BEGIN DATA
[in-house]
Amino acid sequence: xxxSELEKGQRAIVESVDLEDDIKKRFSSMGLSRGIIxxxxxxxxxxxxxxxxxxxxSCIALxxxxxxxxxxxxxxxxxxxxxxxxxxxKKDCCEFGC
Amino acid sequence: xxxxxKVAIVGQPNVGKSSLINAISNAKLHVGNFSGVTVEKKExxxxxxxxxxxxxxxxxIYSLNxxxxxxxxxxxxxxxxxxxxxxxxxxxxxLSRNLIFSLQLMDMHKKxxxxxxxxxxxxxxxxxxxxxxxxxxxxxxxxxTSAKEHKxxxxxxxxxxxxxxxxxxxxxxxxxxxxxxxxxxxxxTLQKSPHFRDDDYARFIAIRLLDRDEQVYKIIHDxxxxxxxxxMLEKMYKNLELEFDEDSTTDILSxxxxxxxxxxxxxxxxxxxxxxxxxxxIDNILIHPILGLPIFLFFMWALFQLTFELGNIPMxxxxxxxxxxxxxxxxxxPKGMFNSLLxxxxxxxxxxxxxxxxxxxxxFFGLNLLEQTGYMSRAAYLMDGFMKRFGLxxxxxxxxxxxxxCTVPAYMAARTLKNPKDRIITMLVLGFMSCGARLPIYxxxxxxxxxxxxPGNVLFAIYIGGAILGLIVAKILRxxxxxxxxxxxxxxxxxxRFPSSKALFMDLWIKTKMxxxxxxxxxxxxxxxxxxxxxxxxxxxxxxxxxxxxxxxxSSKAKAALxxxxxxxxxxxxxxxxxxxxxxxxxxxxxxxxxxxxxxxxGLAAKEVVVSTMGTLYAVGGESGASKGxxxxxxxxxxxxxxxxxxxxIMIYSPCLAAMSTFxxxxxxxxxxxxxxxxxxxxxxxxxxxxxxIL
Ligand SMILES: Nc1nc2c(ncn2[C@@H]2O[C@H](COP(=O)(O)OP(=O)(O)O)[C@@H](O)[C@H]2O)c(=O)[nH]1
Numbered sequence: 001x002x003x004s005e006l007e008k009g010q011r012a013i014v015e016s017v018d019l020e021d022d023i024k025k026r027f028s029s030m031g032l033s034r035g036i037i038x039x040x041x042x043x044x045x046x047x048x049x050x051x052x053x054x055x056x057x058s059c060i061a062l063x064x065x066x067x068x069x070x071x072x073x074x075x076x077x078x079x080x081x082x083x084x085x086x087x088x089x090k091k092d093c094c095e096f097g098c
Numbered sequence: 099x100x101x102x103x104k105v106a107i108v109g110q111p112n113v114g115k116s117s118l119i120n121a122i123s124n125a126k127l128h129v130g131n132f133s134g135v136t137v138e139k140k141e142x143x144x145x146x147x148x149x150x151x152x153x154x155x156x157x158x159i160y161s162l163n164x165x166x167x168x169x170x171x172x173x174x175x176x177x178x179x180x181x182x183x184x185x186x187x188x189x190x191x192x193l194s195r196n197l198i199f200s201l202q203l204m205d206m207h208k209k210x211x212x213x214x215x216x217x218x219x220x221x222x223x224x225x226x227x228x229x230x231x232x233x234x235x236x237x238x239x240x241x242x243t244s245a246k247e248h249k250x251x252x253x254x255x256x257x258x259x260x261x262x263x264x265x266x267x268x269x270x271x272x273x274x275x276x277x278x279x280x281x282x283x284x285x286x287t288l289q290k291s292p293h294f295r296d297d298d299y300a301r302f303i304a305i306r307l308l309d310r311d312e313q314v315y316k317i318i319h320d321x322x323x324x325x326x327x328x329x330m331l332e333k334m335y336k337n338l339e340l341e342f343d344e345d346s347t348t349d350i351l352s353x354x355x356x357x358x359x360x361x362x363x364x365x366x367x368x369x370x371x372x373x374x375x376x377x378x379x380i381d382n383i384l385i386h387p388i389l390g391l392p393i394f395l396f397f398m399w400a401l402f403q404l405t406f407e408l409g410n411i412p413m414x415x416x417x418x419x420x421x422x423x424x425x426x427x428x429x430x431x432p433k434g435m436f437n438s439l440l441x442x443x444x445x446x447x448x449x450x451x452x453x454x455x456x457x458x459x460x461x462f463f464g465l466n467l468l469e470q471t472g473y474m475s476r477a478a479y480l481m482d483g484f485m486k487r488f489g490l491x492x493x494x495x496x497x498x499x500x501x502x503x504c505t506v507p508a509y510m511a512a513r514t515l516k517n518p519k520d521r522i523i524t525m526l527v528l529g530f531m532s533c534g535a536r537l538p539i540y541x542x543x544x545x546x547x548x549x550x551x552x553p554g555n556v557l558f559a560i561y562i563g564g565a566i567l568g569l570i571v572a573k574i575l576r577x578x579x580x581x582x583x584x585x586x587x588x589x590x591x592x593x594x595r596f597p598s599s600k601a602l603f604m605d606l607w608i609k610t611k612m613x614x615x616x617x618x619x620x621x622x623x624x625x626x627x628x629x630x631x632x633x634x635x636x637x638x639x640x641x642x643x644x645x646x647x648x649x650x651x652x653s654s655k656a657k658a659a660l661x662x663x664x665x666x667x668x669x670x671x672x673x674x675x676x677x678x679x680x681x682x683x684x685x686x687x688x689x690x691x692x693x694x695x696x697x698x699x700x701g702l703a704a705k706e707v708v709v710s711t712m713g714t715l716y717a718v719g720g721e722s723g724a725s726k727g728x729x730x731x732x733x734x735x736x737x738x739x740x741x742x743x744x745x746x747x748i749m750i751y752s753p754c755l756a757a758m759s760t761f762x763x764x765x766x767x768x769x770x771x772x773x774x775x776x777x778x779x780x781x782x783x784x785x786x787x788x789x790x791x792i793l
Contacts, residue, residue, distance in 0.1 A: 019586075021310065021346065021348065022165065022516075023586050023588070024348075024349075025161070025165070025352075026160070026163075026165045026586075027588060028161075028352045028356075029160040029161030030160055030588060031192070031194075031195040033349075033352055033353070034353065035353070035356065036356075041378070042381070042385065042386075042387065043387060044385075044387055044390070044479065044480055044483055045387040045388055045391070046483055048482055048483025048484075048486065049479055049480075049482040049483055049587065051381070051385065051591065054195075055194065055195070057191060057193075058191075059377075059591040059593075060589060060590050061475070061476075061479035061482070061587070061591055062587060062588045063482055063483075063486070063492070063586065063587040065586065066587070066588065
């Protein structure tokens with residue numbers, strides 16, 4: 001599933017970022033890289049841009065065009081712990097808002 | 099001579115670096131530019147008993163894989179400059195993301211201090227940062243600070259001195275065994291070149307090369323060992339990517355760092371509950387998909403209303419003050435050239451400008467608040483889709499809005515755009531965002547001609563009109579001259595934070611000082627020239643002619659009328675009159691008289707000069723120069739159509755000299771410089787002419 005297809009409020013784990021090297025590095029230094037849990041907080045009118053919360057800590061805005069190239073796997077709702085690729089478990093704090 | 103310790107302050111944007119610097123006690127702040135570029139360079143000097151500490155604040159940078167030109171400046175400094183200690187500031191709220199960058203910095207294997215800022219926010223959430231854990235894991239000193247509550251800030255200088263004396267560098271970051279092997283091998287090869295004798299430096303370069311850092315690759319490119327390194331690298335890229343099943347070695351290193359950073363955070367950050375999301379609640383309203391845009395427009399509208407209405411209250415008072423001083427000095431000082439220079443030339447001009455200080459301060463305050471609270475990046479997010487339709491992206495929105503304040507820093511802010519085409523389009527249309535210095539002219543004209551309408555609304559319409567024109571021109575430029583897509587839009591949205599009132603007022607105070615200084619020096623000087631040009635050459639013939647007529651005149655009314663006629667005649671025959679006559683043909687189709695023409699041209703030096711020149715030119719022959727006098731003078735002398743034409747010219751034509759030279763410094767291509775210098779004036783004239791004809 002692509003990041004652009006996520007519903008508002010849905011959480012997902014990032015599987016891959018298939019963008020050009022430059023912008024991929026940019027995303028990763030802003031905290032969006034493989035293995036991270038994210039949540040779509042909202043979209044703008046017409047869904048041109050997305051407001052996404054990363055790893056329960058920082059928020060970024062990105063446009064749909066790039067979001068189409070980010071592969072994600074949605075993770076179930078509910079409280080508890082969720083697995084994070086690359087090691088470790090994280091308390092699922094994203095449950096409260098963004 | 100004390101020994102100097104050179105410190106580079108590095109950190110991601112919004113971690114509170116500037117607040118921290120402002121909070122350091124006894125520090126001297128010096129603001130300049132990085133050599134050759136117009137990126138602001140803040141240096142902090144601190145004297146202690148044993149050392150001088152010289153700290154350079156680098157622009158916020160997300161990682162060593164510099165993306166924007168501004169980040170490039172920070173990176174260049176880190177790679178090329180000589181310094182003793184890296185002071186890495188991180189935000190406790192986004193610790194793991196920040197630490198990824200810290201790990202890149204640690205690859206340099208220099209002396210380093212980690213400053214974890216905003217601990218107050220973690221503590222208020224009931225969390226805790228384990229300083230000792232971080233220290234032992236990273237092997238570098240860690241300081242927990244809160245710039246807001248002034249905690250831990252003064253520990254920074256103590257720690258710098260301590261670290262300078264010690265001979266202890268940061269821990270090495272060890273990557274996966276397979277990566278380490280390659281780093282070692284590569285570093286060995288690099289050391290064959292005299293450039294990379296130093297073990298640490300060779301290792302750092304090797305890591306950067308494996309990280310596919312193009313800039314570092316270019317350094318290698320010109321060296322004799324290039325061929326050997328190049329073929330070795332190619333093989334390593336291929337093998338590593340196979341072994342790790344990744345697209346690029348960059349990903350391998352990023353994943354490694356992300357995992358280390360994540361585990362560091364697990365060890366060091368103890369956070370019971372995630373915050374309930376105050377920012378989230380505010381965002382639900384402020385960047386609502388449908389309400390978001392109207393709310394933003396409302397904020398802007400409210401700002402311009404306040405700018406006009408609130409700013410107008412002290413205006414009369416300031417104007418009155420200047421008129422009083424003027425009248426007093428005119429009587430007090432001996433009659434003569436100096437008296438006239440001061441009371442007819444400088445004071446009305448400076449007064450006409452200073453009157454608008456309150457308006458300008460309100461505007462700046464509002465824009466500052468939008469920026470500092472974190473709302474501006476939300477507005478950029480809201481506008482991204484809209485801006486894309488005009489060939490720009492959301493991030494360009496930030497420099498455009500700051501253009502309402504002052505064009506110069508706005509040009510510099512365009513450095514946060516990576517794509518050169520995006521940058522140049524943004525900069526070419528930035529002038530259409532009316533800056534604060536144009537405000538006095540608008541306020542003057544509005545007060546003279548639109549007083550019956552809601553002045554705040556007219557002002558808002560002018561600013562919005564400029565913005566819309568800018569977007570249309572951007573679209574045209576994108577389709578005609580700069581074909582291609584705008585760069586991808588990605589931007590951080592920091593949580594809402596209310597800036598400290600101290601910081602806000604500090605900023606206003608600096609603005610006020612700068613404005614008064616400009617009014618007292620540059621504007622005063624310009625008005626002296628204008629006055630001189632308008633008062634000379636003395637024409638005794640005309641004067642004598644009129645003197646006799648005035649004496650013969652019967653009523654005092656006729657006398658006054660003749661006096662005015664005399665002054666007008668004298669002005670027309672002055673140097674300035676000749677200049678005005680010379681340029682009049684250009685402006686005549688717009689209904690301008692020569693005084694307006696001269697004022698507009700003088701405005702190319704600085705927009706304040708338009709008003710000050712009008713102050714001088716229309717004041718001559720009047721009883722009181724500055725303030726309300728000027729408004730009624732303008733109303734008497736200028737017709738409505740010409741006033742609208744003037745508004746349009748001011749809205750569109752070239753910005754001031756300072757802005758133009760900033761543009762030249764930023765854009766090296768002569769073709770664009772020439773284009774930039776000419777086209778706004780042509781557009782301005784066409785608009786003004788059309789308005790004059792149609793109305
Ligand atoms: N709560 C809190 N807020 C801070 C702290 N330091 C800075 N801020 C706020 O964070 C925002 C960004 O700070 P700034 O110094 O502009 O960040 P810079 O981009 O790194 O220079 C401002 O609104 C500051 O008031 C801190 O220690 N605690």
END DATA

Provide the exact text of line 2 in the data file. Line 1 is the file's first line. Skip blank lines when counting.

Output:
Amino acid sequence: xxxSELEKGQRAIVESVDLEDDIKKRFSSMGLSRGIIxxxxxxxxxxxxxxxxxxxxSCIALxxxxxxxxxxxxxxxxxxxxxxxxxxxKKDCCEFGC